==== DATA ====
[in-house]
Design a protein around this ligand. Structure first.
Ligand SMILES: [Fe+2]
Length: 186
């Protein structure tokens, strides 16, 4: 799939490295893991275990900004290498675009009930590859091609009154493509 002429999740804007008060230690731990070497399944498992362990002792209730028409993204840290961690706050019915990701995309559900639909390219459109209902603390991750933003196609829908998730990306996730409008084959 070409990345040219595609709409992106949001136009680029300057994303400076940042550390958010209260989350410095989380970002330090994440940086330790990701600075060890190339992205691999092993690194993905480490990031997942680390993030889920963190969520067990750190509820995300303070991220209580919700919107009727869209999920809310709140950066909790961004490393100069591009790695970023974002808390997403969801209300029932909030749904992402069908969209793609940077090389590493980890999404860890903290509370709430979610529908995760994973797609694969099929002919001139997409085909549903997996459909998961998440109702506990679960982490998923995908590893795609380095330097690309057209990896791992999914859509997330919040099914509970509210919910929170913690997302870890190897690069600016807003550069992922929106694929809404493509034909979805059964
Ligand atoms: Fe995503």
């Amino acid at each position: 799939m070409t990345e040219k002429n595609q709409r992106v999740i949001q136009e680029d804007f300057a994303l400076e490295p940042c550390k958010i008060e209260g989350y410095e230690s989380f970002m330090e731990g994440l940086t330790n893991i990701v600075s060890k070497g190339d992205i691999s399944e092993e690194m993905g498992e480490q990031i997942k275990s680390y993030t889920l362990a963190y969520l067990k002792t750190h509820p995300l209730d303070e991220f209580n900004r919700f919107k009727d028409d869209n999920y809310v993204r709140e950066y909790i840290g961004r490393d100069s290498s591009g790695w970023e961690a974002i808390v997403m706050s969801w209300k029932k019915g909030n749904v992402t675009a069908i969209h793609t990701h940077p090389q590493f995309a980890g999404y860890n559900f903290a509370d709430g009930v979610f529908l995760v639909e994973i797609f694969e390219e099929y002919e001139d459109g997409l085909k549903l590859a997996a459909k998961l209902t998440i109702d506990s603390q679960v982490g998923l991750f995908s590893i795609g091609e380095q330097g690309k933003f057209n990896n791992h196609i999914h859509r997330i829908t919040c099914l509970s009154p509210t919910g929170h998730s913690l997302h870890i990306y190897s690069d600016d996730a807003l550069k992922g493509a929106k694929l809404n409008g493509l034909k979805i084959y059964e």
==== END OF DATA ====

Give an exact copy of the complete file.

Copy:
[in-house]
Design a protein around this ligand. Structure first.
Ligand SMILES: [Fe+2]
Length: 186
């Protein structure tokens, strides 16, 4: 799939490295893991275990900004290498675009009930590859091609009154493509 002429999740804007008060230690731990070497399944498992362990002792209730028409993204840290961690706050019915990701995309559900639909390219459109209902603390991750933003196609829908998730990306996730409008084959 070409990345040219595609709409992106949001136009680029300057994303400076940042550390958010209260989350410095989380970002330090994440940086330790990701600075060890190339992205691999092993690194993905480490990031997942680390993030889920963190969520067990750190509820995300303070991220209580919700919107009727869209999920809310709140950066909790961004490393100069591009790695970023974002808390997403969801209300029932909030749904992402069908969209793609940077090389590493980890999404860890903290509370709430979610529908995760994973797609694969099929002919001139997409085909549903997996459909998961998440109702506990679960982490998923995908590893795609380095330097690309057209990896791992999914859509997330919040099914509970509210919910929170913690997302870890190897690069600016807003550069992922929106694929809404493509034909979805059964
Ligand atoms: Fe995503």
């Amino acid at each position: 799939m070409t990345e040219k002429n595609q709409r992106v999740i949001q136009e680029d804007f300057a994303l400076e490295p940042c550390k958010i008060e209260g989350y410095e230690s989380f970002m330090e731990g994440l940086t330790n893991i990701v600075s060890k070497g190339d992205i691999s399944e092993e690194m993905g498992e480490q990031i997942k275990s680390y993030t889920l362990a963190y969520l067990k002792t750190h509820p995300l209730d303070e991220f209580n900004r919700f919107k009727d028409d869209n999920y809310v993204r709140e950066y909790i840290g961004r490393d100069s290498s591009g790695w970023e961690a974002i808390v997403m706050s969801w209300k029932k019915g909030n749904v992402t675009a069908i969209h793609t990701h940077p090389q590493f995309a980890g999404y860890n559900f903290a509370d709430g009930v979610f529908l995760v639909e994973i797609f694969e390219e099929y002919e001139d459109g997409l085909k549903l590859a997996a459909k998961l209902t998440i109702d506990s603390q679960v982490g998923l991750f995908s590893i795609g091609e380095q330097g690309k933003f057209n990896n791992h196609i999914h859509r997330i829908t919040c099914l509970s009154p509210t919910g929170h998730s913690l997302h870890i990306y190897s690069d600016d996730a807003l550069k992922g493509a929106k694929l809404n409008g493509l034909k979805i084959y059964e």